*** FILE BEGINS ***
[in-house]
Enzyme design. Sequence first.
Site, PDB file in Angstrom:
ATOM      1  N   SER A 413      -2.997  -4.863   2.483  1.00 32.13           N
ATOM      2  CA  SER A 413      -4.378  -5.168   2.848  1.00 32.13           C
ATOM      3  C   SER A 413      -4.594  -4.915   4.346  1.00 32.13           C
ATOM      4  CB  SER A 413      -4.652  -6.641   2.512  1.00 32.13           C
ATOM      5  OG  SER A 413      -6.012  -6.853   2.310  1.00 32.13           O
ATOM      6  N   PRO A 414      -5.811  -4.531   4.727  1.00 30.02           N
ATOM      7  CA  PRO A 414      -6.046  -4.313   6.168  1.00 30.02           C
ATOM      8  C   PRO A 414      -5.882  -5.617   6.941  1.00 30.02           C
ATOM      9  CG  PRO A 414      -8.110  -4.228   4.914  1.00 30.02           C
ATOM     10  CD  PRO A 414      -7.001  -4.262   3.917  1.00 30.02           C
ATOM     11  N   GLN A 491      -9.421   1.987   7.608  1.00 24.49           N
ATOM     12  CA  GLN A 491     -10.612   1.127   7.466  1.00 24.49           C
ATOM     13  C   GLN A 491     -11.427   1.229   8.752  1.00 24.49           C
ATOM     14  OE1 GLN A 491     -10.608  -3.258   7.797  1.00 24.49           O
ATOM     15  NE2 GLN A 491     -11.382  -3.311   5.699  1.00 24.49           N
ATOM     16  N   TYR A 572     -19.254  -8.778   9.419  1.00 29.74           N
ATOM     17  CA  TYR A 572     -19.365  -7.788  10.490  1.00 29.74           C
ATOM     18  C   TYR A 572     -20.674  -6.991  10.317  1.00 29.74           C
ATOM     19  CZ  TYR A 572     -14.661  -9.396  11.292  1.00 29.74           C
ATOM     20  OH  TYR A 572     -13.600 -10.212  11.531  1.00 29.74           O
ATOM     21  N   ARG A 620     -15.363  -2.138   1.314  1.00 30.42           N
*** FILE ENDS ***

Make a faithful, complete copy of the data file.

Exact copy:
[in-house]
Enzyme design. Sequence first.
Site, PDB file in Angstrom:
ATOM      1  N   SER A 413      -2.997  -4.863   2.483  1.00 32.13           N
ATOM      2  CA  SER A 413      -4.378  -5.168   2.848  1.00 32.13           C
ATOM      3  C   SER A 413      -4.594  -4.915   4.346  1.00 32.13           C
ATOM      4  CB  SER A 413      -4.652  -6.641   2.512  1.00 32.13           C
ATOM      5  OG  SER A 413      -6.012  -6.853   2.310  1.00 32.13           O
ATOM      6  N   PRO A 414      -5.811  -4.531   4.727  1.00 30.02           N
ATOM      7  CA  PRO A 414      -6.046  -4.313   6.168  1.00 30.02           C
ATOM      8  C   PRO A 414      -5.882  -5.617   6.941  1.00 30.02           C
ATOM      9  CG  PRO A 414      -8.110  -4.228   4.914  1.00 30.02           C
ATOM     10  CD  PRO A 414      -7.001  -4.262   3.917  1.00 30.02           C
ATOM     11  N   GLN A 491      -9.421   1.987   7.608  1.00 24.49           N
ATOM     12  CA  GLN A 491     -10.612   1.127   7.466  1.00 24.49           C
ATOM     13  C   GLN A 491     -11.427   1.229   8.752  1.00 24.49           C
ATOM     14  OE1 GLN A 491     -10.608  -3.258   7.797  1.00 24.49           O
ATOM     15  NE2 GLN A 491     -11.382  -3.311   5.699  1.00 24.49           N
ATOM     16  N   TYR A 572     -19.254  -8.778   9.419  1.00 29.74           N
ATOM     17  CA  TYR A 572     -19.365  -7.788  10.490  1.00 29.74           C
ATOM     18  C   TYR A 572     -20.674  -6.991  10.317  1.00 29.74           C
ATOM     19  CZ  TYR A 572     -14.661  -9.396  11.292  1.00 29.74           C
ATOM     20  OH  TYR A 572     -13.600 -10.212  11.531  1.00 29.74           O
ATOM     21  N   ARG A 620     -15.363  -2.138   1.314  1.00 30.42           N